8 thoughts on “Blood In Eye After Surgery

  1. Is laser eye surgery worth the risk if it means I can fly?
    I want to be a pilot in the air force more than anything. I heard that they allow laser eye surgery in some situations. My vision is 20/60 correctable to 20/10. If I should be so lucky as to get the opportunity..is laser eye surgery worth it? I don’t want to ruin my life with a mistake..but I don’t want live my life with regret either…

    • I’m no doctor, but as a retired WSO in the USAF, I CAN tell you that eye surgery was actually encouraged among aircrews. There’s two types: LASIK, and “PRK”. Of the two PRK is more expensive, generally, but provides better results, and was the approved technique. I understand, now though, that LASIK is also acceptable.
      Before you spend the money on an initial exam, and possibly surgery though, I would ensure you can pass the other requirements for an Initial Class I Phyiscal:
      No astigmatism, and good/excellent depth perception
      No significant loss of hearing
      No history of asthma, heart conditions or high/low blood pressure
      Haven’t been unconscious for more than 5-6 minutes since the age of 12. (Being under for surgery is OK.)
      Have a sitting height of =< 48″. Don’t want to leave your knees behind if you have to eject some day.
      Not diabetic. History of diabetes in your family’s OK, as long as you aren’t tested positive.
      Not tested positive for HIV.
      Not excessively over/underweight for your height, AND at least 5’4″ for males, 5′ for females (though this can be waivered.
      If you’re pretty much otherwise good to go, and this is what you really want to do, then maybe you should consider an initial exam. Not everyone has vision that can be laser-corrected.

  2. How accurate LASIK or Laser Eye Surgery is?, and what is the difference between LASIK and Laser Eye Surgery?
    I am planning to do a LASIK or Laser Eye Surgery, does it has any disadvantages doing it? and what is the difference between Laser and LASIK, which is better and why, I am hesitating whether to do it or not, also I don’t know which one should I choose LASIK or Laser.

    P.S. My vision is not so bad, it is something like 1.7 – 2 degrees deviation, am just sick wearing glasses. :)

    Thanks in advance.

    • LASIK stands for LASER assisited In-Situ Keratomileusis, so there is a Laser being used on your eye during the procedure. The doctors will make a “flap” of your cornea using a microkeratome and then apply the Laser to your cornea shaping it and correcting your vision. They carefully replace the flap and you’re done. It is important after LASIK that you do not rub your eyes for a couple of weeks to let the flaps heal back to normal. Your doctor will provide shields for you to wear at night so you don’t rub your eyes while you’re sleeping.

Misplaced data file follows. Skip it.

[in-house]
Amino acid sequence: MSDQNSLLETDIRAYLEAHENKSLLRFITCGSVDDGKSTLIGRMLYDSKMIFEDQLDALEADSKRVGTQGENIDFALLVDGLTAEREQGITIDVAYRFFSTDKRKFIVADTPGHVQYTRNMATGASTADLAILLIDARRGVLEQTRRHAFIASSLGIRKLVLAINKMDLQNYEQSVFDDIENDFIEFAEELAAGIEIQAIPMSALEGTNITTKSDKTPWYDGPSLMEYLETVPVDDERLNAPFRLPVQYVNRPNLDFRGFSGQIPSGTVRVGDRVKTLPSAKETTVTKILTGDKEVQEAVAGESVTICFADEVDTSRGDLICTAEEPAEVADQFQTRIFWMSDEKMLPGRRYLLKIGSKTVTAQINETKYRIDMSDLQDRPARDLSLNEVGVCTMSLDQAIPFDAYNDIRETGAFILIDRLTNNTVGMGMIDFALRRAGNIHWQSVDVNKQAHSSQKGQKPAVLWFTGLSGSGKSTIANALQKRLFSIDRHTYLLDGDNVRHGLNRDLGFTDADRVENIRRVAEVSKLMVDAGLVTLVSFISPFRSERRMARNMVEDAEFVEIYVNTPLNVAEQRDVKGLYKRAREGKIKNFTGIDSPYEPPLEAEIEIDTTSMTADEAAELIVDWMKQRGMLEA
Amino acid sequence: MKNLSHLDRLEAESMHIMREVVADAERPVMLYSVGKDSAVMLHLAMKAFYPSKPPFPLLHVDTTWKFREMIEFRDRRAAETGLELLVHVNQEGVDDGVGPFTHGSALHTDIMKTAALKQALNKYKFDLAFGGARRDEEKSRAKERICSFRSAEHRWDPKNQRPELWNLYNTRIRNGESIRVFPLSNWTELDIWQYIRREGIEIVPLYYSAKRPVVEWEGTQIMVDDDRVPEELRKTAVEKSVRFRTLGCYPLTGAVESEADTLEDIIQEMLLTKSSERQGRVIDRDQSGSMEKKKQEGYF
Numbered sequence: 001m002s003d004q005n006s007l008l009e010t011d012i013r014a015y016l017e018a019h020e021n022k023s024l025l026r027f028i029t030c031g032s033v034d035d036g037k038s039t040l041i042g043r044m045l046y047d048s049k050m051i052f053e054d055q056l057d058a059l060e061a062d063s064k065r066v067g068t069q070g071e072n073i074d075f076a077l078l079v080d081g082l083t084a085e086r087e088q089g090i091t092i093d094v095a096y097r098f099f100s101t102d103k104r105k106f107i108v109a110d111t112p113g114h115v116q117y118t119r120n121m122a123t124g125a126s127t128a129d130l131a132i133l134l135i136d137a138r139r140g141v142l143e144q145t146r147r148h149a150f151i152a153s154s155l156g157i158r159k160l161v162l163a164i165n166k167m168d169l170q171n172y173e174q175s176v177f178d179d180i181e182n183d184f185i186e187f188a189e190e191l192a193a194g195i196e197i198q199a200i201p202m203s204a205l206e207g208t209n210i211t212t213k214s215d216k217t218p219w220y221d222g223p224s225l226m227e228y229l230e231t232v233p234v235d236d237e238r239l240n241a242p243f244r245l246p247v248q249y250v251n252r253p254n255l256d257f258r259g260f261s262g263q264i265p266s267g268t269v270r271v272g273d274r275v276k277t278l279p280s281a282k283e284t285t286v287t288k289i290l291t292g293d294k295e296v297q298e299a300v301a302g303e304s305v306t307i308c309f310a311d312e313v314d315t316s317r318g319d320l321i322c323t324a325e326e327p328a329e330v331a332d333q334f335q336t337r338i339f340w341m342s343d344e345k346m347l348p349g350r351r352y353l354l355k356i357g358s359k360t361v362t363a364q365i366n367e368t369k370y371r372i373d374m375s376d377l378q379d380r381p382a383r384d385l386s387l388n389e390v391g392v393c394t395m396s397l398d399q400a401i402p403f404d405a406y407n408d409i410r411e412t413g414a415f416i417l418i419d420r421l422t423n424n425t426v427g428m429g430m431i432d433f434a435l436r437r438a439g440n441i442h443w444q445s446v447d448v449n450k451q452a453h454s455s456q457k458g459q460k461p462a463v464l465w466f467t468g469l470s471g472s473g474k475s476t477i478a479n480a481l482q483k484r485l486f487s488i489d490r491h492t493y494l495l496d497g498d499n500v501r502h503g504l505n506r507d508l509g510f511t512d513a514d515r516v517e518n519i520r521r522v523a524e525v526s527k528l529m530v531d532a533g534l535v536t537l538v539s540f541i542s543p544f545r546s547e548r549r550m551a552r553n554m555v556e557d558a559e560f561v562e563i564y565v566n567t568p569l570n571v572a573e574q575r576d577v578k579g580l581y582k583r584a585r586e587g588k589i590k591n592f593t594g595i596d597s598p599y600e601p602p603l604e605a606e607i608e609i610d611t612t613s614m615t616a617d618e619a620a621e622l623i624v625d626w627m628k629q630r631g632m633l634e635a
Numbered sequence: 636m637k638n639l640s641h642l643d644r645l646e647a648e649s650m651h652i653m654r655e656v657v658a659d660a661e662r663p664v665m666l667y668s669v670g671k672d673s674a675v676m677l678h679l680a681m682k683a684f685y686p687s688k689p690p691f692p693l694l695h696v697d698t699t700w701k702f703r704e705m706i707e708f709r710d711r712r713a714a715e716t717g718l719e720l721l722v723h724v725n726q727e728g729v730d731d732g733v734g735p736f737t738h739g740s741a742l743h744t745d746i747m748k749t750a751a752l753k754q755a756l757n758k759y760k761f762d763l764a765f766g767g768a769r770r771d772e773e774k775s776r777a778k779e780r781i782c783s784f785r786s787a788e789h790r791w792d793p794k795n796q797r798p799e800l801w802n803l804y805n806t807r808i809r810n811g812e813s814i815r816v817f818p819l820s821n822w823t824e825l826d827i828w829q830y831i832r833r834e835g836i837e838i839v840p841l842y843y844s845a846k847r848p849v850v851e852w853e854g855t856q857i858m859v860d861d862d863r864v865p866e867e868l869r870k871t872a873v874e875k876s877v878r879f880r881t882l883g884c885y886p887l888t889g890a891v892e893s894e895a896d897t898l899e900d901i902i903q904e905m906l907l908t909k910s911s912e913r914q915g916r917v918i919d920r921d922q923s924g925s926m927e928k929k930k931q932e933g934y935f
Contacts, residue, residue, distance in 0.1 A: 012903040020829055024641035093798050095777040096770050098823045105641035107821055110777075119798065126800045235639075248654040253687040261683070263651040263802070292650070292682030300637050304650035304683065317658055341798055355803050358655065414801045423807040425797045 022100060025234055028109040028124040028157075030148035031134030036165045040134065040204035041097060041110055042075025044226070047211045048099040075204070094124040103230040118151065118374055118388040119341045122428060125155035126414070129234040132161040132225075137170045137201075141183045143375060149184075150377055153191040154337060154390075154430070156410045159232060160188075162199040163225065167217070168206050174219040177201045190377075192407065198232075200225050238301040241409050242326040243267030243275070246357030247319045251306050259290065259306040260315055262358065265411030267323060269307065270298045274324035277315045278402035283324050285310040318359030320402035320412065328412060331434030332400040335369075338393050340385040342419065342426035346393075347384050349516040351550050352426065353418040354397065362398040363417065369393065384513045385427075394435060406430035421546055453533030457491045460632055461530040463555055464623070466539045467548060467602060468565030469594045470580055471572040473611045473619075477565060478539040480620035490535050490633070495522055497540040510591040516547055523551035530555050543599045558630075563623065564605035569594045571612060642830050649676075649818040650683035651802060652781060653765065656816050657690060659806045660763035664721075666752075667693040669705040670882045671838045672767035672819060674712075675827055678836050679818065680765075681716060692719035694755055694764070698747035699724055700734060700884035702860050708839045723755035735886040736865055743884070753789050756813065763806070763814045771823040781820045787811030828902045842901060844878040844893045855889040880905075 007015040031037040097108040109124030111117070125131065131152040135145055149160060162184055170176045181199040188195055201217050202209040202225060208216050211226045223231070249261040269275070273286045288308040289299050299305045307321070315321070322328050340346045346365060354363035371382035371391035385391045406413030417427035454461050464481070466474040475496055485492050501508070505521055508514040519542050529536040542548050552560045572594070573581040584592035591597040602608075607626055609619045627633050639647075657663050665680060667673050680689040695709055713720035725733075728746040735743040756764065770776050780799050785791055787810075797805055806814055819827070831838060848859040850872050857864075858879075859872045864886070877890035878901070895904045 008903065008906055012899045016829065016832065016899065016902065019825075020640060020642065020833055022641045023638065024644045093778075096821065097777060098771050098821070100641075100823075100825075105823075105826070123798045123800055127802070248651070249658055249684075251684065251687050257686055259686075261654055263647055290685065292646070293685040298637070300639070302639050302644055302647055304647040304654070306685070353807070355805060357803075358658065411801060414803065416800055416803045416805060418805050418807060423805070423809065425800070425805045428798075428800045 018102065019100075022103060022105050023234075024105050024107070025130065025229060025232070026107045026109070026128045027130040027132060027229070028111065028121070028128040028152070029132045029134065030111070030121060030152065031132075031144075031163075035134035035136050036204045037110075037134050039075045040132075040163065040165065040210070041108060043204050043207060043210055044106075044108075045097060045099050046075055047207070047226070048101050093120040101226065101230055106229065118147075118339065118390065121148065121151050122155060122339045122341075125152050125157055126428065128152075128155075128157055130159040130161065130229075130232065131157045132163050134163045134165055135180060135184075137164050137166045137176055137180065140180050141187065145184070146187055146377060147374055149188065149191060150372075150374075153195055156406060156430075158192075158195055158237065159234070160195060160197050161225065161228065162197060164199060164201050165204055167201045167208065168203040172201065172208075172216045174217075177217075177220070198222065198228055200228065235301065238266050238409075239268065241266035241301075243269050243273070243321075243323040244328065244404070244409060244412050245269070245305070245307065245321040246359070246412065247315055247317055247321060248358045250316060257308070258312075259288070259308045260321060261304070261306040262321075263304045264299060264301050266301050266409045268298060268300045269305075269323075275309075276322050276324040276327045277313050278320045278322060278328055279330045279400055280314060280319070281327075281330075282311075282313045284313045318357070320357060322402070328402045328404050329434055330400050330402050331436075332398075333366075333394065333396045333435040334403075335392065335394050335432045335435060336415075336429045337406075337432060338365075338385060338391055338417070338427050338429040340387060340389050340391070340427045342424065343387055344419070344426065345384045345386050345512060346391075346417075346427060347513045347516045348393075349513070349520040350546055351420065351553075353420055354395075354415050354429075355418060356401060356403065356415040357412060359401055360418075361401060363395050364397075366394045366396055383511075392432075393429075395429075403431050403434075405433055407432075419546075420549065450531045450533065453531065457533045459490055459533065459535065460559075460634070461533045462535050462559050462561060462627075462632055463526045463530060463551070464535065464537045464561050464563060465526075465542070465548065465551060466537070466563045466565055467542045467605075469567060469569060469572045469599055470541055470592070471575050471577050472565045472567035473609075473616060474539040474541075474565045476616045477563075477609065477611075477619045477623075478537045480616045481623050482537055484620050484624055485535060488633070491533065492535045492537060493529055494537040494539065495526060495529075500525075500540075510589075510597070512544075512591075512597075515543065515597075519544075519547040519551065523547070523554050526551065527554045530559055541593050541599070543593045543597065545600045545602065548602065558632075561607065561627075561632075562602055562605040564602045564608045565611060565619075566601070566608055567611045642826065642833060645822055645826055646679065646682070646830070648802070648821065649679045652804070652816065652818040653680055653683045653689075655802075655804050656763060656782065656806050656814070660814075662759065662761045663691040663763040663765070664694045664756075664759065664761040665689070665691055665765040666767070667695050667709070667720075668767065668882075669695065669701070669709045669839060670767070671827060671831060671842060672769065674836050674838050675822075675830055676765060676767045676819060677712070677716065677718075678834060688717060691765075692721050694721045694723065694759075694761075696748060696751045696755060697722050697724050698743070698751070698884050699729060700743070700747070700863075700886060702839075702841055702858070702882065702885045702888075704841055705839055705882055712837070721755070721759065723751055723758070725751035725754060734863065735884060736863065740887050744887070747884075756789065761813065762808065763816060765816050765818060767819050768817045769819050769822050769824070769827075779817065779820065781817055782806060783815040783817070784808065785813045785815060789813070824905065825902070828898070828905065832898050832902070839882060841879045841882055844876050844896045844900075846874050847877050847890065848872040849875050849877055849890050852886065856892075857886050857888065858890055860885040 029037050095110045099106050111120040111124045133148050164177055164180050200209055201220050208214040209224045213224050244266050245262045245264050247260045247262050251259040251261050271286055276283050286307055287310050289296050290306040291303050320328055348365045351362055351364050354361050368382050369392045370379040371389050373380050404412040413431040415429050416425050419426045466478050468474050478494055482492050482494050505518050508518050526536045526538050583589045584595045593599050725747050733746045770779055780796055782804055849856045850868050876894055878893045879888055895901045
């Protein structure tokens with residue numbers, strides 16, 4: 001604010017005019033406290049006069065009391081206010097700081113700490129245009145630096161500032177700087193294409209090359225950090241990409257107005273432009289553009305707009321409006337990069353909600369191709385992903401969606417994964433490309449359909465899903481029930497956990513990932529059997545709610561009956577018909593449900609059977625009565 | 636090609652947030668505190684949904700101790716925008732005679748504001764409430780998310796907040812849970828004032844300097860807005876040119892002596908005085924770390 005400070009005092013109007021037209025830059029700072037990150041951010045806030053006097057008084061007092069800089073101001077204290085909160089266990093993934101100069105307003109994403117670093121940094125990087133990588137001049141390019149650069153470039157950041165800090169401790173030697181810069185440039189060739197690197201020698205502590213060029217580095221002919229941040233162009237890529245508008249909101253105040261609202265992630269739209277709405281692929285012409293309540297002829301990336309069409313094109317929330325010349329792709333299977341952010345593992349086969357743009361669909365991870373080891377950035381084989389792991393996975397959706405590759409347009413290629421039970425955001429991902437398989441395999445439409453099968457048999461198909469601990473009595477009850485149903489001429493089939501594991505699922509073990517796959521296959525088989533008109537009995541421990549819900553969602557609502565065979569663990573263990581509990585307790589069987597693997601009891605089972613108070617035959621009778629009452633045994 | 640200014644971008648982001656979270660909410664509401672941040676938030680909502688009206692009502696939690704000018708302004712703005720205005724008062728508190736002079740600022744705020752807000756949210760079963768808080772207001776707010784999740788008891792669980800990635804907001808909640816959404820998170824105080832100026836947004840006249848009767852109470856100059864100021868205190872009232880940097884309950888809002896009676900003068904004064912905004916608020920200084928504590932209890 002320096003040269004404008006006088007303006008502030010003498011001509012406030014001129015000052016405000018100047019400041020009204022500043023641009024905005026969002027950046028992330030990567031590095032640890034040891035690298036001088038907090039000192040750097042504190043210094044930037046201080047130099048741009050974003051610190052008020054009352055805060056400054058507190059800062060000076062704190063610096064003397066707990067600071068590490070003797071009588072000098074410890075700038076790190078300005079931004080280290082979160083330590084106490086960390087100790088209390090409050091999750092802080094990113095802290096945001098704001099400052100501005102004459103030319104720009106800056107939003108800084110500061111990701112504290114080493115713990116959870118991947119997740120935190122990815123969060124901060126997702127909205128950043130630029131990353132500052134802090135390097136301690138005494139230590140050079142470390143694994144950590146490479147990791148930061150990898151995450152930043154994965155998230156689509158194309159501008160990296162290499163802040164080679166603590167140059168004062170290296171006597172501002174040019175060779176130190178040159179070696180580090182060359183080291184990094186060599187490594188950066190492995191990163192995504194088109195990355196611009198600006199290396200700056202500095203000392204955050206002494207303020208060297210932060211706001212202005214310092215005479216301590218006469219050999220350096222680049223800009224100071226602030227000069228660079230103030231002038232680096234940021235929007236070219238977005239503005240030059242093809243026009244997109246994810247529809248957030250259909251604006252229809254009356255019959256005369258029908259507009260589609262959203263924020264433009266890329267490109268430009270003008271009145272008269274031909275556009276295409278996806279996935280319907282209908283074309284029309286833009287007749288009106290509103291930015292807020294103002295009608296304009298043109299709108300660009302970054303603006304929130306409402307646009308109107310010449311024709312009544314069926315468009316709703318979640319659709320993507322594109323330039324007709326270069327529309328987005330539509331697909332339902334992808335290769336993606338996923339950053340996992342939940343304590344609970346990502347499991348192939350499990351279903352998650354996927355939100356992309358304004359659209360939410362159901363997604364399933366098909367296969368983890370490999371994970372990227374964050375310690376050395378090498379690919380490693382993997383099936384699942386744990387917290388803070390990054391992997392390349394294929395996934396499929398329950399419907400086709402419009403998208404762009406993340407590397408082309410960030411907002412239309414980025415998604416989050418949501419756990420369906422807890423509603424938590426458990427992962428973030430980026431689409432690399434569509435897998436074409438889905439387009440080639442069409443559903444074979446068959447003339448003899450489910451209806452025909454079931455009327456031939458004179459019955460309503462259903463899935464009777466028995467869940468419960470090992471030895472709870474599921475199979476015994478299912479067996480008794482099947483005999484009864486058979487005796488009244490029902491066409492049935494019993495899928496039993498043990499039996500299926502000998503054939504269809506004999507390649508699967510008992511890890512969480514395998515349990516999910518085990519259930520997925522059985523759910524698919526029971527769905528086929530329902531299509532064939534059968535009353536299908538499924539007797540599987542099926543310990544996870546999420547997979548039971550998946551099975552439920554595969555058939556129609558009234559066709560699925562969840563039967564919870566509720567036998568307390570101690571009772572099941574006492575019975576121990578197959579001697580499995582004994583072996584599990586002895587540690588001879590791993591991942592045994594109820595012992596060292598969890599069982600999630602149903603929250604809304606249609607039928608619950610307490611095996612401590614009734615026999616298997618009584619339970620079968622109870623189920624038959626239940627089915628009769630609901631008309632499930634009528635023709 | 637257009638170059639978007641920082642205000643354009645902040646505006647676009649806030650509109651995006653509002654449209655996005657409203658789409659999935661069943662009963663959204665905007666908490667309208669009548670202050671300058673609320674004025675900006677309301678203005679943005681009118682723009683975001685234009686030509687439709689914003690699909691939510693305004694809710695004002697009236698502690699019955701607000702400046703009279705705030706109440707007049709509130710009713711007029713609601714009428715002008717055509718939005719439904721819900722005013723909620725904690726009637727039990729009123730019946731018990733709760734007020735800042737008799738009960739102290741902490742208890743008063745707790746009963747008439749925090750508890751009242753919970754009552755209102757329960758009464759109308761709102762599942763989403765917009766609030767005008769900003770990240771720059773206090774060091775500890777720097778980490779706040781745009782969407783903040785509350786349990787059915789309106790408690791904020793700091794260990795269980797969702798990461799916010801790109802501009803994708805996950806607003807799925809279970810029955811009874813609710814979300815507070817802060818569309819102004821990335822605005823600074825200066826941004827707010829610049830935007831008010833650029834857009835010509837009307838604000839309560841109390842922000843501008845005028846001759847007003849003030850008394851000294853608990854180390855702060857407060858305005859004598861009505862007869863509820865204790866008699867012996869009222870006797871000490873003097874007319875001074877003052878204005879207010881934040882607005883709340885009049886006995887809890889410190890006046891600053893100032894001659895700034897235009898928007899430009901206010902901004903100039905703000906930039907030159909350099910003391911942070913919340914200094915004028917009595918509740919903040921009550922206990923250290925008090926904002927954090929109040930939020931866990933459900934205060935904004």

The only really negatives that occur regularly are:
      A) Dry eyes, if you have dry eyes prior to the procedure they will be more dry after the procedure.
      B) Your correction isn’t totally corrected – you may need an enhancement to get your vision perfect.
      C) If you have Presbyopia (the need for reading glasses) and you have both eyes corrected for distance, you will still need reading glasses, you can talk to your doctor about possible Monovision or Mini-Monovision if you’re just about 40 or over 40.

      Laser Eye Surgery is for people with complications in their retinas, or Glaucoma. A Laser is applied either cauterizing blood vessels in a wide range of spots and sizes for retina. It can be used to open angles in narrow angle Glaucoma. It can also be applied to patients that have cloudiness after cataract surgery to remove cloudiness.

  3. Do you get your blood pressure taken for laser eye surgery?
    Im getting laser eye surgery tomorrow and I have a phobia about getting my blood pressure taken. Will I need to get it taken on my arm before? I hope not.

    • When I had my laser eye surgery last year, they didn’t take my blood pressure at all. They did other tests on my eyes to make sure I was a good candidate a few weeks before the surgery but never took my blood pressure then or on the day of the surgery.

  4. What is The Difference Between Lasik and Laser Eye Surgery?
    I have pretty bad vision, I use some pretty thick glasses, my question is… What is the differences between Lasik Surgery and Laser Eye surgery? and which would be the best for me?

    • There are several different types of laser eye surgery. And there are different types of lasers that can be used in eye surgery depending upon what the surgeon is wanting to accomplish. For instance, the surgeon could use a yag laser to treat secondary cataracts. Or the surgeon could use an argon laser to perform iridotomies or possibly to treat leaking blood vessels in the retina. Or the surgeon could use an excimer laser to correct vision disorders such as near sightedness, farsightedness, or astigmatism. This is the laser you are probably referring to. Now, excimer laser surgery is a broad term that can include PRK (photorefractive keratectomy) or LASIK (laser insitu keratomeleusis). PRK is used on the surface of the cornea to correct prescription errors whereas LASIK is used, after creating a flap, on the internal structures of the cornea. Both are capable of precisely correcting prescription errors. To decide which is best for you, you need to see an eye doctor who is experienced in this field. He or she will be able to recommend which procedure would be best.

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